For generations the United States prided itself on being a nation founded upon the highest ethics. In recent years the ethical standards of many Americans have seemed to slip.
A new survey of public views on ethics, taken by the Gallup poll for the Wall Street Journal, has just come along which offers both challenge and hope. The survey warrants attention.
It reports among other things that two-thirds of Americans believe the level of ethics across the nation has declined over the past 10 years; that many Americans have taken work supplies for personal use; that tax liberties are taken more often by executives; and that in several areas young people have less strict ethical standards than their elders.
In many instances ethical performance seems to vary with the ease of cheating.
Clearly these are cause for concern; attention should be given toward restoring a higher sense of ethics and morality in the nation.
Yet according to the survey there are good signs, too: In several areas business executives have significantly higher ethical standards than the public thinks they do, or than the public itself has. And once young adults are convinced of the importance of strict standards on specific ethical issues, such as those involving pollution, they can develop substantially stricter views than older Americans.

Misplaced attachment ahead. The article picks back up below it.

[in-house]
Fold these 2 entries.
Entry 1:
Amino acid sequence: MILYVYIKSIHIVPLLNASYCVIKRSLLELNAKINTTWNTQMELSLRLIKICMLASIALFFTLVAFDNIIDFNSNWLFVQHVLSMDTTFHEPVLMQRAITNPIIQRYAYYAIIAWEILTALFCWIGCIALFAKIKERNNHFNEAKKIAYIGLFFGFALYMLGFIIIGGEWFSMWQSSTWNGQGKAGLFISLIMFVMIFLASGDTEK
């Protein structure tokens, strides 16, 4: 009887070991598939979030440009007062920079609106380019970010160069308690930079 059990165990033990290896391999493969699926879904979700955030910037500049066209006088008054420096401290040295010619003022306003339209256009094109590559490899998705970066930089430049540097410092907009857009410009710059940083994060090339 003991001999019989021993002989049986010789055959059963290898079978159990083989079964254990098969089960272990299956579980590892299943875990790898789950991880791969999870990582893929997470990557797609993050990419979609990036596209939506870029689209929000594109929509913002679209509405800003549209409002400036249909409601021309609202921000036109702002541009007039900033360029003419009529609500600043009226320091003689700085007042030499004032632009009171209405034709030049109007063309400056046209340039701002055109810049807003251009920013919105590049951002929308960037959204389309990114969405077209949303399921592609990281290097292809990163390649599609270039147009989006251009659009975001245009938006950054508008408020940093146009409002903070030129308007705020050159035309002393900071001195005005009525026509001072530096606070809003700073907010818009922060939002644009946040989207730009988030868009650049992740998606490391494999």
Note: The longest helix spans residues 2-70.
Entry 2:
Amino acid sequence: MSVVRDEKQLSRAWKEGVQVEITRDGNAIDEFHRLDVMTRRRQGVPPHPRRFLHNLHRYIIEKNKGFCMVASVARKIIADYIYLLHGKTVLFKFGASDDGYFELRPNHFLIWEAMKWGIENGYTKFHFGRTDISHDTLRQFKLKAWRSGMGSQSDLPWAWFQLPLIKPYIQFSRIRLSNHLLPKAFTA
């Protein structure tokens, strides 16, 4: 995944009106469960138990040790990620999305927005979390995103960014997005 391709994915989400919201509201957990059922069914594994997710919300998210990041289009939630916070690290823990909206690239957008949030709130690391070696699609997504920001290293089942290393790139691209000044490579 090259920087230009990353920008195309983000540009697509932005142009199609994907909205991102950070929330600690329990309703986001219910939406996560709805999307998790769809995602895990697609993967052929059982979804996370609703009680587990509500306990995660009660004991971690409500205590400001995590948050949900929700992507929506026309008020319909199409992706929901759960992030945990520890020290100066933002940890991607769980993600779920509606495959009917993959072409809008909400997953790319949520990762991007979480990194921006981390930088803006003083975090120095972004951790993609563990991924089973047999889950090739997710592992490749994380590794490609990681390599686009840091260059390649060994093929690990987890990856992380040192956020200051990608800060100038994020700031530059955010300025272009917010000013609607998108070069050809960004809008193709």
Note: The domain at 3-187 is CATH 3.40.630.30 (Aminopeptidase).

The survey's findings need to be kept in perspective. Pollsters admit that no matter how precisely they craft their questions, the public by its answers may only be indicating its general views.
For instance, when a person answers specific questions about business ethical practices, he may actually be merely expressing his general feeling about business; if it is negative, it may be based on widespread consumer criticism in recent years of prices and quality of merchandise.
Also, public criticism of national ethics may reflect the expectations Americans have of themselves and their nation, borne of the buoyant view that the US can and should be improved.